Interview with Ziggy Hanaor, founder of Cicada Books
Read our interview with Ziggy Hanaor, founder of Cicada Books.
What’s your career background?
After a brief career as a script editor in television, I decided to move into publishing. I managed to get an internship and then a job at a company called Black Dog Publishing, where I worked on a combination of paid-for-projects for architects and artists, and self-initiated, more commercial books.
It was a mad company. I thought the boss was a more than a little unhinged, but also gave us a lot of freedom. We could pretty much put the books together however we liked with the one caveat that we were never allowed a budget. For anything. It was a baptism of fire into publishing punk/DIY style.
Whilst at Black Dog I had a number of pretty solid successes – an alternative craft book, a book about recycling and another about the architect Alvar Aalto. They haven’t necessarily stood up to the test of time, but they sold really well and gave me the confidence to think that if I could make it happen in the tenuous, highly-strung circumstances of Black Dog, I could probably do it elsewhere.
How did your career change after having children?
As soon as I found out I was pregnant, I handed in my notice at Black Dog. It was such a fraught environment, I didn’t really want to stick it out. I worked as a freelance editor throughout my pregnancy, and assumed that once I had a baby I would find part time editorial work somewhere.
This proved harder than I thought – the companies that I wanted to work for were only looking for full time employees.
So I started Cicada Books when my daughter was nine months old. Initially it was intended to bridge the gap and keep my hand in the game whilst my babies were little, but it quickly became much more than that.
Where did the idea for your business come from?
As I was emerging from the fug of new motherhood, my designer friend Joana came to me with an idea of a travel guide written and illustrated by artists and designers around Europe. I thought it was a great concept, and I figured if my ex-boss could run a company (however ramshackle), so could I.
A friend of mine from Black Dog had moved into distribution at Thames and Hudson, so I knew that if I could put the books together, he would be able to get them into shops. It was a heady cocktail of naivety and cockiness that made me set up the company, and it pretty much carries me forward today!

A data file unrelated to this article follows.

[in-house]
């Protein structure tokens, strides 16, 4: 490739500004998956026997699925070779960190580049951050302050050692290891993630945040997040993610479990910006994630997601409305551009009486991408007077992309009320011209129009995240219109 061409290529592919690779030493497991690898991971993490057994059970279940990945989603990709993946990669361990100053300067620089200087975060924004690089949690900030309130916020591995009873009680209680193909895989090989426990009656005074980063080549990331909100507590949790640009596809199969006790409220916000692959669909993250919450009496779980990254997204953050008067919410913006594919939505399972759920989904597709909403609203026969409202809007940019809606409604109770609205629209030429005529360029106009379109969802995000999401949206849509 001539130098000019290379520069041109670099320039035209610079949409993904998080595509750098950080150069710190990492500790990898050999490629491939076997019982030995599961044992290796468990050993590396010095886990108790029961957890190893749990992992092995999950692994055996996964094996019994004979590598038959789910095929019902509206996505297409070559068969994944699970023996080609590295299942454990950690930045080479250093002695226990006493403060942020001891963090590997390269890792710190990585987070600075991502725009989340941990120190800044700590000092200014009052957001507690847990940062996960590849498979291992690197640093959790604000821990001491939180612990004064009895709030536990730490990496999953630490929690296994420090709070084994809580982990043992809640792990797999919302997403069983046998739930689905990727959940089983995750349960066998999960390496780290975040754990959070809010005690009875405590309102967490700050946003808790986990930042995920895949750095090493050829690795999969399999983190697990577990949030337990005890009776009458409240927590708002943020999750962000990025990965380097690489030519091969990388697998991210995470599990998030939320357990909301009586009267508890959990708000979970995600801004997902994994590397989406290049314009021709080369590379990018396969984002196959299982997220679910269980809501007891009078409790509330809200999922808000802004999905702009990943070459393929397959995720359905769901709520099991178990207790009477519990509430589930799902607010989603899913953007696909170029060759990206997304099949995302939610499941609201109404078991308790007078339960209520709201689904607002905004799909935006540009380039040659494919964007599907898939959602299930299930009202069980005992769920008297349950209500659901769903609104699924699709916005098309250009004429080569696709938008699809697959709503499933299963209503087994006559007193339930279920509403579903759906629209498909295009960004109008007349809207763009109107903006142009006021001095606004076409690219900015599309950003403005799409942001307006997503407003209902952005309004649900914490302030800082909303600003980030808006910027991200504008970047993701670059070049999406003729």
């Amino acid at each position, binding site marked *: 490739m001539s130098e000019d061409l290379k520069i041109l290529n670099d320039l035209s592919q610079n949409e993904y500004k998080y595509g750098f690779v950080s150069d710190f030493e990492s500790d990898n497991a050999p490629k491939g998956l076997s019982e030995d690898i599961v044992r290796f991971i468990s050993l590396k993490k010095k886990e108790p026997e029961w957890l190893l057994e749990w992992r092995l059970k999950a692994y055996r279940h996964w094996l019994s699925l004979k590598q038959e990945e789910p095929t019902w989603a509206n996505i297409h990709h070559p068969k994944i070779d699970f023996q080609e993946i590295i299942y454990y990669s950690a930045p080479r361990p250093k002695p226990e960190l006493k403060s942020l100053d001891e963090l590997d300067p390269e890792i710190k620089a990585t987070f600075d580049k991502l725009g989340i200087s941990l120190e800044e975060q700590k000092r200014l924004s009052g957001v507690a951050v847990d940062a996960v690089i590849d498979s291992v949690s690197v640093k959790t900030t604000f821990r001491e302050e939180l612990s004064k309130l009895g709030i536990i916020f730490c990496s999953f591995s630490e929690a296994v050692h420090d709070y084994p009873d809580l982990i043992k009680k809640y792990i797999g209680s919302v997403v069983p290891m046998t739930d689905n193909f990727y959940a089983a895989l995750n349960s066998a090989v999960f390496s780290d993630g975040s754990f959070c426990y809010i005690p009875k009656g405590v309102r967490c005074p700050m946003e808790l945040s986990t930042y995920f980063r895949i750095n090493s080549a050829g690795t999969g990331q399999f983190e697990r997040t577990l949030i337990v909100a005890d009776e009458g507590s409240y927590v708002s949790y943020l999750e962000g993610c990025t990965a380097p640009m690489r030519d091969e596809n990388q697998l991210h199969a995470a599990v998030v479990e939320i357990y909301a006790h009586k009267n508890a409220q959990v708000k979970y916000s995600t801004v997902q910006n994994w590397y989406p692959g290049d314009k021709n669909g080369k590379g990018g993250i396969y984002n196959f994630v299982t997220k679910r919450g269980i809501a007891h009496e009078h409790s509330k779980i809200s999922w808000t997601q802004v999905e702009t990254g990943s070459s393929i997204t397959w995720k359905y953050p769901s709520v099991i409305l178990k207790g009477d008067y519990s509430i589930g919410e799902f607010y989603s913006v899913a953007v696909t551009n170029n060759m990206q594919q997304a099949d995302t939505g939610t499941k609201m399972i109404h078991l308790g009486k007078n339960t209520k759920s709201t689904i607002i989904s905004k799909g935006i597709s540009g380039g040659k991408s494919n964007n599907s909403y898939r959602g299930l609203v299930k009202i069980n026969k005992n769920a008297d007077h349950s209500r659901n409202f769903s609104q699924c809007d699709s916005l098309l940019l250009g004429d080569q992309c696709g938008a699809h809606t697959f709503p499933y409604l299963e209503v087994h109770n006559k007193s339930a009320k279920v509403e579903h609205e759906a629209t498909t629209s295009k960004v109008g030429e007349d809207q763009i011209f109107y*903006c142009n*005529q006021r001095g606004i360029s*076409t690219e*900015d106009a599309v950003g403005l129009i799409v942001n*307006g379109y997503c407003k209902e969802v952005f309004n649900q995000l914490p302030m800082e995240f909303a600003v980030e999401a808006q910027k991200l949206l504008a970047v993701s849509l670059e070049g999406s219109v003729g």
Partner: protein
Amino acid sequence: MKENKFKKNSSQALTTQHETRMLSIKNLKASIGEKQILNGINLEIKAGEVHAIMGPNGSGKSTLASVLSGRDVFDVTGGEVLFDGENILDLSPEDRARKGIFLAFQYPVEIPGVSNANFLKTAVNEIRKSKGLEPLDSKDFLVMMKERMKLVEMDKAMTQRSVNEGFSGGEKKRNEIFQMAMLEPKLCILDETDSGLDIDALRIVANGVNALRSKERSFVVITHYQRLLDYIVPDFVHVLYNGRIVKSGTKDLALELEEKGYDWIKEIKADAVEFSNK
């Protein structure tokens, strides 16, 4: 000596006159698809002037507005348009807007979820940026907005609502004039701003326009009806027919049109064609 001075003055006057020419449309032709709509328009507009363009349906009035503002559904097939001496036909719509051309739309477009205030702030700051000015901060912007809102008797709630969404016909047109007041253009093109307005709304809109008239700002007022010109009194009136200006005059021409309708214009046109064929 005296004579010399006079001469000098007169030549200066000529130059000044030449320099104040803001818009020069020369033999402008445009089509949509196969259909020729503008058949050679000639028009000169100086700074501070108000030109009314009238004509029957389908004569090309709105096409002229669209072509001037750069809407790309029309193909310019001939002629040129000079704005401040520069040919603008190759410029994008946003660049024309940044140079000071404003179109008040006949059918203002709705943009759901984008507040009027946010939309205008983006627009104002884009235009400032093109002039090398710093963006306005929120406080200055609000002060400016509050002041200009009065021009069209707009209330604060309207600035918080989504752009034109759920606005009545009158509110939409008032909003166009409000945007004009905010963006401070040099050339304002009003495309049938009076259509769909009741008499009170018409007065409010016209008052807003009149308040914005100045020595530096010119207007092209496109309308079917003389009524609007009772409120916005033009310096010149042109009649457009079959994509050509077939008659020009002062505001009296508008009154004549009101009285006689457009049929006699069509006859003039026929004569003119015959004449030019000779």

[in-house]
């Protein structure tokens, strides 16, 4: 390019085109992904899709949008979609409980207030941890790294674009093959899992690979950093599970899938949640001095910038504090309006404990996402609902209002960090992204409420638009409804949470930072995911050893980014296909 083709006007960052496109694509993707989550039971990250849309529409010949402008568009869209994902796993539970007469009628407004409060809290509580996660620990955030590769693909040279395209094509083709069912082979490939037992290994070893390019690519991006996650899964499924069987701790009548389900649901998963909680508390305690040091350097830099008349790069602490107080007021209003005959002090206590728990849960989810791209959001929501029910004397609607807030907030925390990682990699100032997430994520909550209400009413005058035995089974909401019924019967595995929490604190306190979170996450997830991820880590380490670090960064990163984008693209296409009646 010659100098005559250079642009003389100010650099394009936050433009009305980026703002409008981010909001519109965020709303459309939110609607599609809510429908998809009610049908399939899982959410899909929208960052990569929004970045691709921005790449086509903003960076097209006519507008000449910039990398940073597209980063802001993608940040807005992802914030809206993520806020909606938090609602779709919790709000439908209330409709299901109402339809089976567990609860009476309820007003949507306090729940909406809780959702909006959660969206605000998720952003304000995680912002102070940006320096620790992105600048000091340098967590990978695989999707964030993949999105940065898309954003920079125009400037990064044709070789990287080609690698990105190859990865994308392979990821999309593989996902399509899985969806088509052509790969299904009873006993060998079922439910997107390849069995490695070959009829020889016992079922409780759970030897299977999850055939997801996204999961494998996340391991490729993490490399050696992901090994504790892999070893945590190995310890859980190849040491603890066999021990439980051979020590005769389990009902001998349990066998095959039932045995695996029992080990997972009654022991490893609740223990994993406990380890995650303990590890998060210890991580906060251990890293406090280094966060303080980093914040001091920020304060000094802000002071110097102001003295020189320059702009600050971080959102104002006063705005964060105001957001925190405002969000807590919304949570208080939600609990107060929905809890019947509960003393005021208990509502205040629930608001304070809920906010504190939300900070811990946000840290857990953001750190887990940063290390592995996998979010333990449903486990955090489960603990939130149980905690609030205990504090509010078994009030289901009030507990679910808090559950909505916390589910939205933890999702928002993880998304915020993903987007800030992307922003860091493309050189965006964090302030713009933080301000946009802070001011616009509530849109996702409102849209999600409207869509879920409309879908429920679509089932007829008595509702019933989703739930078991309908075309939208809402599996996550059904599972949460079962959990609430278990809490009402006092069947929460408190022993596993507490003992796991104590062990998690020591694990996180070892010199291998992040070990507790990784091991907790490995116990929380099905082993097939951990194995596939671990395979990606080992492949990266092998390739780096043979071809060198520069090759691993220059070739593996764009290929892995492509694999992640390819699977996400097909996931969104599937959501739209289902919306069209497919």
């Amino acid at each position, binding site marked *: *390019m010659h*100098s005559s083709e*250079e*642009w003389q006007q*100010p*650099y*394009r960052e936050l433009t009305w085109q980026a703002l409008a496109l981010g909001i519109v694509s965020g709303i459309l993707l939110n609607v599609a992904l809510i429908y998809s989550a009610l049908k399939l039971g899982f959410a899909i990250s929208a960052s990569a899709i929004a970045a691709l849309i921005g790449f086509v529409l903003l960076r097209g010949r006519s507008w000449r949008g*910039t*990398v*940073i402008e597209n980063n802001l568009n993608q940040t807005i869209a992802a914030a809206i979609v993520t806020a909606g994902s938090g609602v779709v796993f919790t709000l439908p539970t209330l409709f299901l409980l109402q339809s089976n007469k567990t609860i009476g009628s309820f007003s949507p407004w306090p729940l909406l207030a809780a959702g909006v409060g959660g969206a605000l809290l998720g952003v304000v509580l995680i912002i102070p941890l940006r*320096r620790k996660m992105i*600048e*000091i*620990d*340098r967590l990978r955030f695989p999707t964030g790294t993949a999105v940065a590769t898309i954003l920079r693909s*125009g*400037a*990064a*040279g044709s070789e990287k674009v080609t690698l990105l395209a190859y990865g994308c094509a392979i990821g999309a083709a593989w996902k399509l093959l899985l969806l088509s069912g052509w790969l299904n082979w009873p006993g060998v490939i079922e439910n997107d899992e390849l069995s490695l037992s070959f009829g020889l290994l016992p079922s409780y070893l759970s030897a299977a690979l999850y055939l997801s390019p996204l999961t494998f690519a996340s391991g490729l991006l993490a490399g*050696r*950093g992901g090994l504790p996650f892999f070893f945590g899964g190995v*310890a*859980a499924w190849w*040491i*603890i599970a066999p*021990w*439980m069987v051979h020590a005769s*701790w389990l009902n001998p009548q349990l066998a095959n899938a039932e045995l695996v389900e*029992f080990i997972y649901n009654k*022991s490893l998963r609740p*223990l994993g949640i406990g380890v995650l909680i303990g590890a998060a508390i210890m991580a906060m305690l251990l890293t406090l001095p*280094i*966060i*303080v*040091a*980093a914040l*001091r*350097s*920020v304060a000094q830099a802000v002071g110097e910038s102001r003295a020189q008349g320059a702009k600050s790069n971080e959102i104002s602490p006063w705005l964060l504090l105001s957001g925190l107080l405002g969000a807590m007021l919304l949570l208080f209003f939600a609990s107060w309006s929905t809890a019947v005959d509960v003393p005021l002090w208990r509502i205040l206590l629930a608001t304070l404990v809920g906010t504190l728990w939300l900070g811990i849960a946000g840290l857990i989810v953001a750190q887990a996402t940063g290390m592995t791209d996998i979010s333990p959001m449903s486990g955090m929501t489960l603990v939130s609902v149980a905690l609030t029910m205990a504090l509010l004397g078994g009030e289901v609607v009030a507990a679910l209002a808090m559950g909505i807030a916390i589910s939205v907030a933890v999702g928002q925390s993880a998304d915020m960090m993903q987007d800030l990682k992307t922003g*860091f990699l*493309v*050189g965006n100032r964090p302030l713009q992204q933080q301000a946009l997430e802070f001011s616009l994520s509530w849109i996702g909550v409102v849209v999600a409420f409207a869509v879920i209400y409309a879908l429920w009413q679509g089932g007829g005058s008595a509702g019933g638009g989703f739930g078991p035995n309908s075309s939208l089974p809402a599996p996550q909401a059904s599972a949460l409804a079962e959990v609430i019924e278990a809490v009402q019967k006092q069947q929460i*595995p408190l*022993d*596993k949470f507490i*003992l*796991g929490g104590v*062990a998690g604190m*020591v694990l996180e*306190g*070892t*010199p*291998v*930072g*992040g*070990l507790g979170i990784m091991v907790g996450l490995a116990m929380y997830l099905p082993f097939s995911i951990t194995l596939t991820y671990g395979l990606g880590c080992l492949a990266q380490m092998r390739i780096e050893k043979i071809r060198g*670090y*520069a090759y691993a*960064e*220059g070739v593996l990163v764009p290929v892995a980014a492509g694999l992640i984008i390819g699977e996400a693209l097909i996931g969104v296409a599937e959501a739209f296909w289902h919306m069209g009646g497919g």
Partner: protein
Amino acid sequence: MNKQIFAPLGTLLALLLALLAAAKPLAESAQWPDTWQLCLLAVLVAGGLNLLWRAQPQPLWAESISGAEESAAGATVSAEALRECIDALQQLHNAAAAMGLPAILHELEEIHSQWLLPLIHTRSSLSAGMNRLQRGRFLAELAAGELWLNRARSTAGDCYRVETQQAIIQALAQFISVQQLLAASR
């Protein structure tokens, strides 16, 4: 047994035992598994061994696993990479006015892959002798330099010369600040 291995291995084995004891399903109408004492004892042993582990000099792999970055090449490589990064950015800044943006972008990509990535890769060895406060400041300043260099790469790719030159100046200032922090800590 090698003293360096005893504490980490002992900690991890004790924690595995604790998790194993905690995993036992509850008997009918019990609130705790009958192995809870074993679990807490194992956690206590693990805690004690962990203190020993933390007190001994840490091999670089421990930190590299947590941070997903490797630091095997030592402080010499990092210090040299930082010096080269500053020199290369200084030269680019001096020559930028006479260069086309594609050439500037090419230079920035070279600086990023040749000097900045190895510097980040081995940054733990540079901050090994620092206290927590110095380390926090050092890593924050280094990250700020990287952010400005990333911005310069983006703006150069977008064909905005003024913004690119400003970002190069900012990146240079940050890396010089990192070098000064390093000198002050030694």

How did you move from idea to actual business?
I was lucky enough to have a partner with a decent job and enough savings to print and ship the first few books that the company published. The books did well enough that I could reinvest the earnings into future titles, and gradually the output grew from one or two books a year to the current 10 or 12.
What’s your USP?
We make high-end illustrated children’s picturebooks and non-fiction, by edgy, emerging illustration talents.
Who’s your target audience?
The picturebooks are for ages 3-6 and the non-fiction is aimed at ages 6-11. We also publish a smattering of adult titles.
How do you spread the word about what you do?
We are active on Instagram and Twitter and we have a press list of people in the UK who we send books out to. There is not a lot of marketing infrastructure in children’s publishing in Britain. It’s much more organised in the States, so over there we have a publicist, who does a great job of getting reviews and occasionally awards.
What’s been your most successful marketing strategy?
We probably could take a more imaginative approach to marketing. Apart from a few books that have got some great press coverage through our usual outlets, I can’t think of any amazing breakthrough strategies that we’ve used.
What’s been the biggest obstacle you’ve had to overcome?
It’s very hard being a small publisher – the odds are really stacked against you. It’s a high-risk, low return industry, with the big publishers eating 90% of the pie.
The advantage is that we’re small and nimble and imaginative. When we manage to stay one step ahead, producing content that feels fresh and different but also relevant, that’s when we manage to beat those odds.
And your proudest moment so far?
Winning the 2019, New York Times Best Illustrated Childrens’ Books award for A Million Dots. By a mile!
Why is work so important to you?
I love what I do. I love finding illustration talent, I love writing and editing texts and I love the feeling when I can see a book in my mind and I know exactly how to slot all the elements together to turn it into a reality.
Running a small publishing company can be frustrating and demoralising, but I also can’t imagine any job that would be more rewarding.
Who inspires you?
I find inspiration in lots of places – in galleries, in books, in charity shops and on Instagram. My husband is a television writer, and I find his creative outlook inspiring. I also love hanging out with kids (both mine and other people’s). When I know I can make a kid laugh, I know I’m onto a good idea.
How do you balance your work with your family?
My daughters are 12 and 14 now, so they don’t demand the same amount of time and energy as they used to. When they were younger, I would basically work school hours most days and put them in some kind of after-school club a couple times a week. In busy periods when books were going to print, I would work in the evenings after they had gone to bed.
What’s your advice for someone wanting to do something similar?
Really I have one piece of advice, which is to trust your gut. Work out what you like and what you don’t like. In my business it’s about what visual styles do I connect to and what stories do I want to tell. And then just do that.
Don’t try to second guess your market too much. If you want to be one step ahead of the curve, you have to trust your instincts and be bold.
Find out more about Cicada Books.